The plan relies on the presence of social service agencies, which rely to a large extent on donations, grants and volunteer help. Mayor Lionel Rivera suggested that the city, despite its financial straits, should dig into its reserves to help people make the transition from camping outside. But he did not put this in the form of a motion, and no other councilmember supported the idea.
       It is not known if the prospect of an ordinance has had an impact as yet on the camping numbers, but a citizen named Theresa McLaughlin told council she has personally helped remove 91 people from the camps out of 423 that she's talked to.
       Rivera suggested this would not have been possible “if we [the city] hadn't started this process.”
       McLaughlin said she has lined up most of the people she's relocated with the C-C Boarding House portion of the Express Inn at Eighth Street and Highway 24. C-C offers a deal where three people can share a room for $60 a week per person, with amenities including free food, clothing, internet access and counseling for jobs and public assistance.
       McLaughlin also asked council to delay enforcement of the ordinance for “at least 90 days” to provide an opportunity to deal with what she described as a “problem in a few of the camps. There are some drug issues and violence.”
       But such information instead seemed to heighten council's sense of urgency. Based on McLaughin's concerns the city should “not prolong the situation but move forward and get a handle on it,” Council-member Sean Paige said.
       As they had Feb. 9, several citizens came to the podium to speak against the ordinance. Among the criticisms was the point that the ordinance is based on one in Orlando, Fla., but it's colder here. Another speaker suggested allowing camping in places where it couldn't be seen from the highways. Another threatened a lawsuit and/or a recall. Others accused the city of immorality and of discriminating against the poor and homeless veterans.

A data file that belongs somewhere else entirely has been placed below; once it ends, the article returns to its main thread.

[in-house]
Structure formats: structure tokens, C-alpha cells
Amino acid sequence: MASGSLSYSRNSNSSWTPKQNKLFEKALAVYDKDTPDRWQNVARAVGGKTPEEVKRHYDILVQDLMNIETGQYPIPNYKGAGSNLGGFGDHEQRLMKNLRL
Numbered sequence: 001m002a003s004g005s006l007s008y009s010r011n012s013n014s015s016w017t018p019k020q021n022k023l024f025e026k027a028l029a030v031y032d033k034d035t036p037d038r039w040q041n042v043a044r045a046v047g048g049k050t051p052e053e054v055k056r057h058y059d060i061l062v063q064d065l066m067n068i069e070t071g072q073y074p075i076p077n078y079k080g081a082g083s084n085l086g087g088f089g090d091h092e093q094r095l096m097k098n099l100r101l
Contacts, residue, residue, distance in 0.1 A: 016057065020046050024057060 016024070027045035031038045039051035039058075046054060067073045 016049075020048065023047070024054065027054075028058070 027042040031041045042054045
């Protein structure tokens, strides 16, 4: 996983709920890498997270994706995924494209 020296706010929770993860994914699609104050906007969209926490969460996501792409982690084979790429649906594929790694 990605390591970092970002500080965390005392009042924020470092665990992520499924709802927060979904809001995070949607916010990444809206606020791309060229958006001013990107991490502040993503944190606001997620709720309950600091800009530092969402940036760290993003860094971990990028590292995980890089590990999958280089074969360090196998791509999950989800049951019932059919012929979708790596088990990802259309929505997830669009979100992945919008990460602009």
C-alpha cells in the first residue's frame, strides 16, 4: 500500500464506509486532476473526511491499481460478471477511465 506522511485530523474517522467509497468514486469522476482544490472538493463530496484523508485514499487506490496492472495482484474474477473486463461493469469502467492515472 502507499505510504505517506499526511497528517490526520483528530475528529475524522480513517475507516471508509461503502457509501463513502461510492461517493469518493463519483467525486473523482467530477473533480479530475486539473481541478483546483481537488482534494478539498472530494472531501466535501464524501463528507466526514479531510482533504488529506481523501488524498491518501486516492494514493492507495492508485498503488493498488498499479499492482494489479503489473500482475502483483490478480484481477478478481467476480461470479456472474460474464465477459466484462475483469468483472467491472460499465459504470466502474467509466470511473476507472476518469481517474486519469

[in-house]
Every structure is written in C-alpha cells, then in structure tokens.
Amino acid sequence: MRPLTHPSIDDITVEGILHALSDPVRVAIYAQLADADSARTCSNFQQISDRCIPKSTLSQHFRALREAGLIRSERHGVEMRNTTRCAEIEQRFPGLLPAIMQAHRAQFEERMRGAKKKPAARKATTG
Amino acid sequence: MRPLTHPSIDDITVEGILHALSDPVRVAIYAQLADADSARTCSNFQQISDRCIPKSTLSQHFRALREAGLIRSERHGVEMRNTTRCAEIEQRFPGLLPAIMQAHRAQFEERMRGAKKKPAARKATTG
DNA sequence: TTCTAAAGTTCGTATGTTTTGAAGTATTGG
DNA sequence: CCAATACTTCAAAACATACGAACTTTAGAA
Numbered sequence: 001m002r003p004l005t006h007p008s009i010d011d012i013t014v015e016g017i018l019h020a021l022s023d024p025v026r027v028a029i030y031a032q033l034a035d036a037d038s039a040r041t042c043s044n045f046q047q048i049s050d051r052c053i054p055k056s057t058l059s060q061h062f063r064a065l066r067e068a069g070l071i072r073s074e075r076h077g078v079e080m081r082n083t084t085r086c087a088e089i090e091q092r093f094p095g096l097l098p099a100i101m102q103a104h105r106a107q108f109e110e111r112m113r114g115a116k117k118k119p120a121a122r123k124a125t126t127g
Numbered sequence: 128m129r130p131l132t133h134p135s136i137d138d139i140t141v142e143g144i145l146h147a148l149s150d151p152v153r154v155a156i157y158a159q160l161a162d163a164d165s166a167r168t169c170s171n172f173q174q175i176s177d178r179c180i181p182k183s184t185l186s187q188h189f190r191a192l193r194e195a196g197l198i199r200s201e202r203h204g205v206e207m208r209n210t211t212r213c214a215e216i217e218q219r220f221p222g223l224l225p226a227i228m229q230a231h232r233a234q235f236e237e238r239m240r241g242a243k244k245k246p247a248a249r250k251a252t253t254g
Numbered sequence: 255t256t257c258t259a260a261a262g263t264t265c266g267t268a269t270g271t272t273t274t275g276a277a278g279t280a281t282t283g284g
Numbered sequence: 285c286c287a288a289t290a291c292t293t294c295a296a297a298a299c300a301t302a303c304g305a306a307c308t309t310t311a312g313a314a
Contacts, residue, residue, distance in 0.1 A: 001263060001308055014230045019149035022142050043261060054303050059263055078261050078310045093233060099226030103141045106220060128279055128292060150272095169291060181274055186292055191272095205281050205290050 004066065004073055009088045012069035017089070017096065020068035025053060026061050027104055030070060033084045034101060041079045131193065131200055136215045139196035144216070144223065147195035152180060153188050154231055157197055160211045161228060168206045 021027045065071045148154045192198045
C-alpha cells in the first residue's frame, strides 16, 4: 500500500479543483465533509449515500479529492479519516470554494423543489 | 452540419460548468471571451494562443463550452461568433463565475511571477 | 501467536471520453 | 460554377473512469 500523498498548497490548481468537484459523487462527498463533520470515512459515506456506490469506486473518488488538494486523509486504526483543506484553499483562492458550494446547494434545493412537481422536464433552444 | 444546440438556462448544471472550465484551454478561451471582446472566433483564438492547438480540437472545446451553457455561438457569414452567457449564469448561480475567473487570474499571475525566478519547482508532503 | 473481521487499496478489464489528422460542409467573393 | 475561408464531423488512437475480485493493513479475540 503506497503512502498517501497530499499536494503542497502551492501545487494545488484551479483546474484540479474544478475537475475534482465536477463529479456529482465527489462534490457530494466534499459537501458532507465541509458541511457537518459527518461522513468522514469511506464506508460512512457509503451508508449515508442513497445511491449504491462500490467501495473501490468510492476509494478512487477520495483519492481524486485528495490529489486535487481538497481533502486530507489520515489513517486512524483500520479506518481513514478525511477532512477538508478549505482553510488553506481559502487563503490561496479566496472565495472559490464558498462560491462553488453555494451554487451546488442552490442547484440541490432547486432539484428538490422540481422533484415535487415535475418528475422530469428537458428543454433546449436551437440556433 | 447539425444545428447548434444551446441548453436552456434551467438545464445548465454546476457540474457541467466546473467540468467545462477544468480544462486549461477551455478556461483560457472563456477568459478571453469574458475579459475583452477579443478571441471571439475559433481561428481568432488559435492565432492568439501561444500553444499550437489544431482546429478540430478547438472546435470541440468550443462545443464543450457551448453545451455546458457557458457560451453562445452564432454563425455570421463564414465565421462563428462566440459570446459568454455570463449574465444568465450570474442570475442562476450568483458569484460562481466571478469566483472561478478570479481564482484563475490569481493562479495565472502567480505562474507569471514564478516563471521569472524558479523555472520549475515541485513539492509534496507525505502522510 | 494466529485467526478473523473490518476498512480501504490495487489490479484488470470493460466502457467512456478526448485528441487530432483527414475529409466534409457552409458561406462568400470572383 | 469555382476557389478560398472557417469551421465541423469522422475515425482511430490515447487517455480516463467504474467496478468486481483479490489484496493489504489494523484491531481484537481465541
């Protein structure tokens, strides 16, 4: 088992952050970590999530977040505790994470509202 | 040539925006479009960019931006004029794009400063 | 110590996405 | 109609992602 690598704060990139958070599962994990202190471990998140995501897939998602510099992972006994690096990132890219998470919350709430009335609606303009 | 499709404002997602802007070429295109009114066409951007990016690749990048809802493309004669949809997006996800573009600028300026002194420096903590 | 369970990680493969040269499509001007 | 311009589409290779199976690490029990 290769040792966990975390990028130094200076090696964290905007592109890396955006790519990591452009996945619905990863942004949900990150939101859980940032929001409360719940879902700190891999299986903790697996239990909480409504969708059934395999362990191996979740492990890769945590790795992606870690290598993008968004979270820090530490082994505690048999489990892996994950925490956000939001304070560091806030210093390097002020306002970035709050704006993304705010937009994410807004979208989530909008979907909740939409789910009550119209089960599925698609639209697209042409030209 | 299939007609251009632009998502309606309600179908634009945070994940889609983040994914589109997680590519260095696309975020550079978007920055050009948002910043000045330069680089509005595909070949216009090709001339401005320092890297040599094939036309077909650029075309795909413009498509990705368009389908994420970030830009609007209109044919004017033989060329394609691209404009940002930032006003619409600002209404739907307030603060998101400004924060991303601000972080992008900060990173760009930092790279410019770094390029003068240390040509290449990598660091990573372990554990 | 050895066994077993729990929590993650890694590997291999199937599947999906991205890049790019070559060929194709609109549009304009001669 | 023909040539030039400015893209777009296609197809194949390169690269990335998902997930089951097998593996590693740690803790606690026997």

Although saying he actually supports the ordinance concept, anti-tax leader Doug Bruce reiterated his Feb. 9 charges that the law would lose a legal challenge - by contrast, the City Attorney's Office states that the Orlando law has withstood multiple challenges - and that any lawyer wanting to know how to attack it “can watch this tape.”
       Several of the opponents shouted catcalls while councilmembers were deliberating, with the largest concentration of this abuse following Herpin's rebuttal to Gallagher.
       Purvis scolded such individuals for being disrespectful, saying they'd had their turn to speak. “We heard you. We listened to you,” he said. “Sometimes we don't do what the majority of the people in the house suggest we should do. We act in what we think is the best interest of the 400,000 people living in Colorado Springs, and that is the basis of my decision. I would ask everyone in here who disagrees with that to at least respect my decision.”